The gravest challenge of 2020 has made its way into the new year, as the COVID-19 pandemic continues to spread across the nation, leaving residents uneasy on when they’ll potentially receive relief.
One form of relief comes from allotments of vaccinations, which have begun transporting across the United States. The vaccine, created in the labs of Massachusetts-based Moderna Inc., has finally begun to make its way to the greater Goliad area.
While Goliad itself does not yet have a medical practice capable of administering a vaccination, the county has pointed residents in the direction of several Victoria locations that have either already received an allotment of vaccine or intend to receive one shortly. The county received the information on vaccination locations from the State of Texas DSHS Region 8 Health Department on Jan. 5.
These locations, all in the city of Victoria, have signed up to be vaccine distributors through Texas DSHS:
•Scott P. Stein DO. PA, 601 E. St. 305 West.
•Fabian Espinosa MD. PA, 2710 Hospital Dr. Ste. 200
•Stephen M. Dentler DO. PA, 9410 NE Zac Lentz Pkwy 202
•Victoria County Public Health Department, 2805 N Navarro 102
•HEB Pharmacy, 6106 N. Navarro
•HEB Pharmacy, 1505 E. Rio Grand
•Dr. Ariel Arquisola, 2705 Hospital Dr. Ste 204
•Victoria Ped and Adol Association, 4304 Retama Cir
The county told residents via Facebook on the same day that locations may not have received vaccines yet, or may have run out of their current allotment, and to contact the locations for further confirmation on vaccination supplies. For the time being, though, the locations have signed up to be a distribution center for the vaccine.
Vaccinations will currently only be available for those in “Tier 1B” distribution, which are residents above the age of 65, or those aged 16 or over with a chronic medical condition.
The Moderna vaccine was approved by the Center for Disease Control (CDC) for use on Dec. 18, 2020, and was authorized by the European Union on Jan. 6. The vaccination, given via shot in the arm, is one of two major vaccines coming into the market, the other being distributed by Pfizer/BioNTech.
Both vaccines are called “Messenger RNA vaccines,” otherwise known as mRNA. According to the CDC, mRNA vaccines “take advantage of the process that cells use to make proteins in order to trigger an immune response and build immunity to SARS-CoV-2, the virus that causes COVID-19.” This is in contrast to majority of vaccines, which “use weakened or inactivated versions or components of the disease-causing pathogen to stimulate the body’s immune response to create antibodies.”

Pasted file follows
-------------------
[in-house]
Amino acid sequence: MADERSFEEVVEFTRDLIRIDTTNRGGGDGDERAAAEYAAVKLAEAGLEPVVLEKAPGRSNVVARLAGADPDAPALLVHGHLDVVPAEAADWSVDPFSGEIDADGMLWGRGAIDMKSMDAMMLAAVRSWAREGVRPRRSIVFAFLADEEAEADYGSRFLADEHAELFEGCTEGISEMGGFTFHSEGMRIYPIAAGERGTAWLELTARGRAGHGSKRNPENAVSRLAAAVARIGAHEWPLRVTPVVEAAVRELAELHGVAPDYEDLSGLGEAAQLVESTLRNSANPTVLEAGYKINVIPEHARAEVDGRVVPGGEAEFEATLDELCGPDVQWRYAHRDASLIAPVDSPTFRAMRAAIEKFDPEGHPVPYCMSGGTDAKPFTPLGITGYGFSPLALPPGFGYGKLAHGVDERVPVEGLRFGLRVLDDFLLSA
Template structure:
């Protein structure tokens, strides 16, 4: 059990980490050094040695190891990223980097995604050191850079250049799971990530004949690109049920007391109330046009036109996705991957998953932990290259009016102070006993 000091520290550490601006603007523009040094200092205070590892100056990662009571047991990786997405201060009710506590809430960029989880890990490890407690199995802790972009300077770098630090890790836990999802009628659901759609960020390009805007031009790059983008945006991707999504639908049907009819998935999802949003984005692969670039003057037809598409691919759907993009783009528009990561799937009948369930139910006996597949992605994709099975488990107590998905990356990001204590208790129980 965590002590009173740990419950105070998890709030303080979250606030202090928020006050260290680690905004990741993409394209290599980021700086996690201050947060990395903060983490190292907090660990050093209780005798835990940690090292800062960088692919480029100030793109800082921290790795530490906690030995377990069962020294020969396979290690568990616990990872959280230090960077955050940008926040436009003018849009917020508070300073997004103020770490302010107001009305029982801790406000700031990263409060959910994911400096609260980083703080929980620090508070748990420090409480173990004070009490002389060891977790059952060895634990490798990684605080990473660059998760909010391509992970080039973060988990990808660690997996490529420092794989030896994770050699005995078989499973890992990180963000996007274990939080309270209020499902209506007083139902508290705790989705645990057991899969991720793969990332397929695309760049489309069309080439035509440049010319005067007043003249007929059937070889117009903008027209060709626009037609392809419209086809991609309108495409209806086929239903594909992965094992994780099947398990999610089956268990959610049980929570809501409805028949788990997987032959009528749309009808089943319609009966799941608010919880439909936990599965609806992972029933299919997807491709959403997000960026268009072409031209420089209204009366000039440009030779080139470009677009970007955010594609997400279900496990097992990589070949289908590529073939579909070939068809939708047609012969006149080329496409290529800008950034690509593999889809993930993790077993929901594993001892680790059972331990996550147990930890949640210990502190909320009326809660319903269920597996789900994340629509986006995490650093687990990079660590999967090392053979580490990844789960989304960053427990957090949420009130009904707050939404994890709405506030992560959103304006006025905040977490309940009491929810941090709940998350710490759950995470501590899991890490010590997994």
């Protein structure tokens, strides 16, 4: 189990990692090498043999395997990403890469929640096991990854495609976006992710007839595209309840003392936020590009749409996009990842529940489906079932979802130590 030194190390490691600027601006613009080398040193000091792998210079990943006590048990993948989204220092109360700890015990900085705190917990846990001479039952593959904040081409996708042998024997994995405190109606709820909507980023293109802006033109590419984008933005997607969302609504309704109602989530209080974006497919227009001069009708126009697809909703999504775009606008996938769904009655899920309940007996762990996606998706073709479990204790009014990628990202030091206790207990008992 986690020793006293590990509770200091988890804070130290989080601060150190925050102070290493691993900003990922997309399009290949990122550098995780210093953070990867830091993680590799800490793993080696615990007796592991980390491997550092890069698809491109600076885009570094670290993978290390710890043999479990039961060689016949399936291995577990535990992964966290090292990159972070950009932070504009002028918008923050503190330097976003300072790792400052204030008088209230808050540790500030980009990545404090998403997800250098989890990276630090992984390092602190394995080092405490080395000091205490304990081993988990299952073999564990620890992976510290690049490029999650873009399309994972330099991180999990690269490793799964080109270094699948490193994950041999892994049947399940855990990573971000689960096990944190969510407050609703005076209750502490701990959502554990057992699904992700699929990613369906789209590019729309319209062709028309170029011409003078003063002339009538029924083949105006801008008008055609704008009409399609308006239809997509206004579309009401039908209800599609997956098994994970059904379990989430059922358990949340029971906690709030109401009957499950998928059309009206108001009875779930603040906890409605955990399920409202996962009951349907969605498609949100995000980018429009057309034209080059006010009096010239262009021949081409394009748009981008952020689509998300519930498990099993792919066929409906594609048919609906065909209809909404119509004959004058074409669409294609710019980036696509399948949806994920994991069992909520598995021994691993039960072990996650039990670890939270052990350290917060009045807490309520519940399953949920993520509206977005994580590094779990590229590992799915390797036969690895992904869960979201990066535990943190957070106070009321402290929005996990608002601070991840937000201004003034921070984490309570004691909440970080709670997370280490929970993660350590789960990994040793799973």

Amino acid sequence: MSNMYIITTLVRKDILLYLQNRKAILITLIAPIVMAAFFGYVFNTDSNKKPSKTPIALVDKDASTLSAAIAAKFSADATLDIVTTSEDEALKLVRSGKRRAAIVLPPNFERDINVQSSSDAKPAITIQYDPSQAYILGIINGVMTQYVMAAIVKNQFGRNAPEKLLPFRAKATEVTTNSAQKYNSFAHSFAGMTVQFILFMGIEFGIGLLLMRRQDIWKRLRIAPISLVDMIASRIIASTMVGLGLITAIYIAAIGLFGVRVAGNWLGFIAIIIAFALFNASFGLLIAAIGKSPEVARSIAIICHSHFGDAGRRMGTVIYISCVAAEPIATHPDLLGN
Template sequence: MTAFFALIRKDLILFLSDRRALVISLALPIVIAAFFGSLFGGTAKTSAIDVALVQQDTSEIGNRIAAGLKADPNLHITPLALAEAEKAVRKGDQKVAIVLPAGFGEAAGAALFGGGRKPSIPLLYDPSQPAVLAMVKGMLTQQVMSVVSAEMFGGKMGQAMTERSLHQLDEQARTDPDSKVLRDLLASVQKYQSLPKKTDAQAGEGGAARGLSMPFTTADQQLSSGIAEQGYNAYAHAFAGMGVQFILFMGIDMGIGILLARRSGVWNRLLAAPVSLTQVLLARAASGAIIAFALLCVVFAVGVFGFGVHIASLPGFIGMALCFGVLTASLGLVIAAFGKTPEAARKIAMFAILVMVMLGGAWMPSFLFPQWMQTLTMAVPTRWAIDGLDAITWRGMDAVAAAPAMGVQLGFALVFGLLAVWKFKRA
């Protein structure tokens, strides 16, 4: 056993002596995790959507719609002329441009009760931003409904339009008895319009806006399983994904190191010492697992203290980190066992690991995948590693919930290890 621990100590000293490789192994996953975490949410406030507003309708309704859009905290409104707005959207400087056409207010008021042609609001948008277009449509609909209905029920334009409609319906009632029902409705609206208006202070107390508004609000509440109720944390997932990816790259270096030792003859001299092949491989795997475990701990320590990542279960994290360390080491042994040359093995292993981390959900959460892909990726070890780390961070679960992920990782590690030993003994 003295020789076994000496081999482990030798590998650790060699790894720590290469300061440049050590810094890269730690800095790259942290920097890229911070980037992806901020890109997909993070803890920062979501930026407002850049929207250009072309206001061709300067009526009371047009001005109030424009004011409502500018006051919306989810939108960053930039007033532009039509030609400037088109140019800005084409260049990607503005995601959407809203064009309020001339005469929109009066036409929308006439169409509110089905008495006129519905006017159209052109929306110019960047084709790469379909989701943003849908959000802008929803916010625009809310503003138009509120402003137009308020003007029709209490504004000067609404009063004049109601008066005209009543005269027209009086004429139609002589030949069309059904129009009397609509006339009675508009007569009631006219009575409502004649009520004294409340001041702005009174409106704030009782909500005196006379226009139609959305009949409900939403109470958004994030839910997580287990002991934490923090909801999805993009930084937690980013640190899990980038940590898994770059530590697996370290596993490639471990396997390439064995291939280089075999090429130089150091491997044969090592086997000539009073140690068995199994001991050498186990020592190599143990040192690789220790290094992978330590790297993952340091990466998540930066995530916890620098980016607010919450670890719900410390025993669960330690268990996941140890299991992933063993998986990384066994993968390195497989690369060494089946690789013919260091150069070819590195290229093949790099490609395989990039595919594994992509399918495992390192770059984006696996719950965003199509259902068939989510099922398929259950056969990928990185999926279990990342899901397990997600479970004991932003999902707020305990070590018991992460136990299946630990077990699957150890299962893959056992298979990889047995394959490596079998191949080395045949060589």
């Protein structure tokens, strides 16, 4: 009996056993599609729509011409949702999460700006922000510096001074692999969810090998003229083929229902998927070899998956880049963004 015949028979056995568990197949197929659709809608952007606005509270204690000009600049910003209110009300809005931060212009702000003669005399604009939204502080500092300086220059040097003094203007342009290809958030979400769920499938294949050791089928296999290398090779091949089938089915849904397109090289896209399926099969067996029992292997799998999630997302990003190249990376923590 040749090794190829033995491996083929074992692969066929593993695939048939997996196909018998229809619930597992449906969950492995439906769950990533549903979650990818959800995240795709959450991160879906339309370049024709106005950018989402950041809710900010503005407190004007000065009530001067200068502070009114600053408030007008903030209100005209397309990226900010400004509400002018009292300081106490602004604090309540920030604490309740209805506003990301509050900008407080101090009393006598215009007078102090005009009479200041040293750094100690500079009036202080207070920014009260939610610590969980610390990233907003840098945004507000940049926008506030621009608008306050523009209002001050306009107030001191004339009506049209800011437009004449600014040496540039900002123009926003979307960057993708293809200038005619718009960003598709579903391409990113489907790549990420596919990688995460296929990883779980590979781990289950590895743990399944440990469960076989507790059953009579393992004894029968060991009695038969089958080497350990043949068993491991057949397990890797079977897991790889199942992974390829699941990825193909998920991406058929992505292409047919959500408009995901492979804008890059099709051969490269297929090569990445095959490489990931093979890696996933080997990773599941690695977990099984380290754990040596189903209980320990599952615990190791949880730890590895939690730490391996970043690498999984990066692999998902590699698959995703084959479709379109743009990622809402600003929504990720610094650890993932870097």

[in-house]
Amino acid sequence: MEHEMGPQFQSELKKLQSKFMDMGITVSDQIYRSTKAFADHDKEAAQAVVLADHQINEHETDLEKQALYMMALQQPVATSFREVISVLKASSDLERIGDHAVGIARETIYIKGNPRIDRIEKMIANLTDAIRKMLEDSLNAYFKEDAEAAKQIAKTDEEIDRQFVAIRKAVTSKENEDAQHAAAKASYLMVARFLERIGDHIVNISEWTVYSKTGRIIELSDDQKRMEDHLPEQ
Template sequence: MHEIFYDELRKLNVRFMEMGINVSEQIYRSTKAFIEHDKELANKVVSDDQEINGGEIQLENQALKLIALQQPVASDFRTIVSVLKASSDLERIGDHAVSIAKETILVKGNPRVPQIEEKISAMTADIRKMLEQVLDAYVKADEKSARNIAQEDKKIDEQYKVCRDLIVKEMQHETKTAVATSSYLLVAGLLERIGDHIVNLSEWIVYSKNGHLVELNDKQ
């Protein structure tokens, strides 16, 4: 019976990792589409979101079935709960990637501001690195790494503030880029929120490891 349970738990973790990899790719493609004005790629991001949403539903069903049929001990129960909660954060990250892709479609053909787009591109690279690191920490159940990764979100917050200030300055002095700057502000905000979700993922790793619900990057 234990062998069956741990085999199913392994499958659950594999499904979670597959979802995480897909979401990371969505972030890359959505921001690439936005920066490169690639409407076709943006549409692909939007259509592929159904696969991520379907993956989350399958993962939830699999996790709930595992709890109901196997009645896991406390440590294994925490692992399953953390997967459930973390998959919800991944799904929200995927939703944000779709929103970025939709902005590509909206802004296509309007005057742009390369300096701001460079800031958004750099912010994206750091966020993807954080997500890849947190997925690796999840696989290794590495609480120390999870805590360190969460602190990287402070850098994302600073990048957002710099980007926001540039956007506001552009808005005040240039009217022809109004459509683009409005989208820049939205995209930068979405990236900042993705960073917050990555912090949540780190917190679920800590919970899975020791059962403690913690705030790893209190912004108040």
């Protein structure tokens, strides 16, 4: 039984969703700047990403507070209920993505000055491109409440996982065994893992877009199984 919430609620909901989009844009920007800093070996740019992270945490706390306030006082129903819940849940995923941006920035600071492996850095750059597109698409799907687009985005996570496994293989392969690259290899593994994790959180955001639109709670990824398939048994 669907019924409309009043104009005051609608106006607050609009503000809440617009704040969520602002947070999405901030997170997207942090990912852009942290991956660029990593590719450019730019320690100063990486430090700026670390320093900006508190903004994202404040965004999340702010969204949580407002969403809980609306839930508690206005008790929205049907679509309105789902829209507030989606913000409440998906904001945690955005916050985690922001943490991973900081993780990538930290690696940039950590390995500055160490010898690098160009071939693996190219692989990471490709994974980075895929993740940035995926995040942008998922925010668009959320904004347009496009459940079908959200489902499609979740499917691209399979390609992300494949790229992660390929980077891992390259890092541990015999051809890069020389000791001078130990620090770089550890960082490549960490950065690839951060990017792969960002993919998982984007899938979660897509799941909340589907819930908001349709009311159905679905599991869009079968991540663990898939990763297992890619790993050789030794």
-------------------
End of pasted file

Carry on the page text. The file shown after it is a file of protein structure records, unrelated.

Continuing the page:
The vaccine is best described by the CDC as “instructions for the cell on how to make a piece of the ‘spike protein’ that is unique to SARS-CoV-2.” Since only a portion of the protein is made, the vaccine does not do any harm to the person vaccinated. After the piece of spike protein is created, the cell breaks down the mRNA strand and disposes of them using enzymes in the cell. The mRNA strand never enters the cell’s nucleus or affects genetic material, clearing up attempts at disinformation regarding the vaccination’s potential modifications of genetic makeup.
Once the protein is displayed on the cell surface, the immune system begins to produce antibodies and activate T-cells to fight off what it thinks is an infection by the protein. These antibodies are specific to the SARS-CoV-2 virus, protecting against future infection.
This technology has been tested rigorously before being authorized for use within the United States, and has been studied for over a decade. The mRNA vaccines do not contain a live virus, do not carry a risk of causing disease in a vaccinated person, and once again do not affect or interact with a person’s DNA.
One major difference between the two vaccinations, Moderna and Pfizer/BioNTech, is in their allowed temperature for storage. The Pfizer/BioNTech vaccine must be stored at around minus-70 degrees Celsius (minus-94 degrees Fahrenheit) and lasts just five days in a refrigerator. Moderna’s vaccine is a bit easier to store, being kept at temperatures of minus-20 degrees Celsius (minus-4 degrees Fahrenheit) for up to six months, and at refrigerator temperatures of 2-8 degrees Celsius (35-46 degrees Fahrenheit) for up to 30 days. One other difference is in dilution, as vials of the Pfizer/BioNTech vaccine must be diluted for injection, and used within six hours once diluted (or thrown out). The Moderna vaccine, on the other hand, does not need to be diluted prior to use.
The vaccination’s introduction into the greater Goliad community is a needed sign of hope in the midst of a dark winter fighting COVID-19. According to Texas DSHS data, on Jan. 6 alone there were 19,535 new confirmed cases of the virus in Texas, with over 1.6 million cases taking place throughout the state since March 2020. Texas DSHS estimates that there are two active cases in Goliad County as of Jan. 6, with 208 confirmed cases in the county since the pandemic began.